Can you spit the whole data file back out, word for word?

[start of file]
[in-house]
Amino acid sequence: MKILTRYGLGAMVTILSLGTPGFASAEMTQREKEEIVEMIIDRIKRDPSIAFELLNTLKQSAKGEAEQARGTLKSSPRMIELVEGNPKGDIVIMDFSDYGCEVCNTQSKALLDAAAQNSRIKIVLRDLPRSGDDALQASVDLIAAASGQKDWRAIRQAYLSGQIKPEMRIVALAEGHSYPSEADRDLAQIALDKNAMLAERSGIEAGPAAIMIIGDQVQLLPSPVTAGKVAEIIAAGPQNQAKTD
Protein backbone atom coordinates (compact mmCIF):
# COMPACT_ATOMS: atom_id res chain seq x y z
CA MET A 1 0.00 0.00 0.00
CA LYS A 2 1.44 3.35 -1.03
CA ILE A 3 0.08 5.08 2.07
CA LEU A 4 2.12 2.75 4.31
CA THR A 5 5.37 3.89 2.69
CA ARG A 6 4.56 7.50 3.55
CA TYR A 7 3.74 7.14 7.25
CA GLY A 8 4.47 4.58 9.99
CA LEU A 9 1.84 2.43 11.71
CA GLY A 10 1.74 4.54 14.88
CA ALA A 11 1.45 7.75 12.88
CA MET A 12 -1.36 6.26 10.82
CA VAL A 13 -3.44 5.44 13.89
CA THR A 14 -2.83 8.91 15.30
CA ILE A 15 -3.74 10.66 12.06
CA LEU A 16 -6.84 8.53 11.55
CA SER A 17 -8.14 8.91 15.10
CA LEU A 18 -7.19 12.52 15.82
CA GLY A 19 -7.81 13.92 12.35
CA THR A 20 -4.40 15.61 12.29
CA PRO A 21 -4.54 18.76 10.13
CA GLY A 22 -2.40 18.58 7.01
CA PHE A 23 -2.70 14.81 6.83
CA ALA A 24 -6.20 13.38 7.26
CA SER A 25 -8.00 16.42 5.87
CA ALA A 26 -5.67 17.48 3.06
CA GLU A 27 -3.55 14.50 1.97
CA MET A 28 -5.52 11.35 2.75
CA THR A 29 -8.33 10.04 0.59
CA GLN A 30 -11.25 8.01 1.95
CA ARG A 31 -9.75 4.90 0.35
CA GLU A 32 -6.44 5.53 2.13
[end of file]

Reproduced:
[in-house]
Amino acid sequence: MKILTRYGLGAMVTILSLGTPGFASAEMTQREKEEIVEMIIDRIKRDPSIAFELLNTLKQSAKGEAEQARGTLKSSPRMIELVEGNPKGDIVIMDFSDYGCEVCNTQSKALLDAAAQNSRIKIVLRDLPRSGDDALQASVDLIAAASGQKDWRAIRQAYLSGQIKPEMRIVALAEGHSYPSEADRDLAQIALDKNAMLAERSGIEAGPAAIMIIGDQVQLLPSPVTAGKVAEIIAAGPQNQAKTD
Protein backbone atom coordinates (compact mmCIF):
# COMPACT_ATOMS: atom_id res chain seq x y z
CA MET A 1 0.00 0.00 0.00
CA LYS A 2 1.44 3.35 -1.03
CA ILE A 3 0.08 5.08 2.07
CA LEU A 4 2.12 2.75 4.31
CA THR A 5 5.37 3.89 2.69
CA ARG A 6 4.56 7.50 3.55
CA TYR A 7 3.74 7.14 7.25
CA GLY A 8 4.47 4.58 9.99
CA LEU A 9 1.84 2.43 11.71
CA GLY A 10 1.74 4.54 14.88
CA ALA A 11 1.45 7.75 12.88
CA MET A 12 -1.36 6.26 10.82
CA VAL A 13 -3.44 5.44 13.89
CA THR A 14 -2.83 8.91 15.30
CA ILE A 15 -3.74 10.66 12.06
CA LEU A 16 -6.84 8.53 11.55
CA SER A 17 -8.14 8.91 15.10
CA LEU A 18 -7.19 12.52 15.82
CA GLY A 19 -7.81 13.92 12.35
CA THR A 20 -4.40 15.61 12.29
CA PRO A 21 -4.54 18.76 10.13
CA GLY A 22 -2.40 18.58 7.01
CA PHE A 23 -2.70 14.81 6.83
CA ALA A 24 -6.20 13.38 7.26
CA SER A 25 -8.00 16.42 5.87
CA ALA A 26 -5.67 17.48 3.06
CA GLU A 27 -3.55 14.50 1.97
CA MET A 28 -5.52 11.35 2.75
CA THR A 29 -8.33 10.04 0.59
CA GLN A 30 -11.25 8.01 1.95
CA ARG A 31 -9.75 4.90 0.35
CA GLU A 32 -6.44 5.53 2.13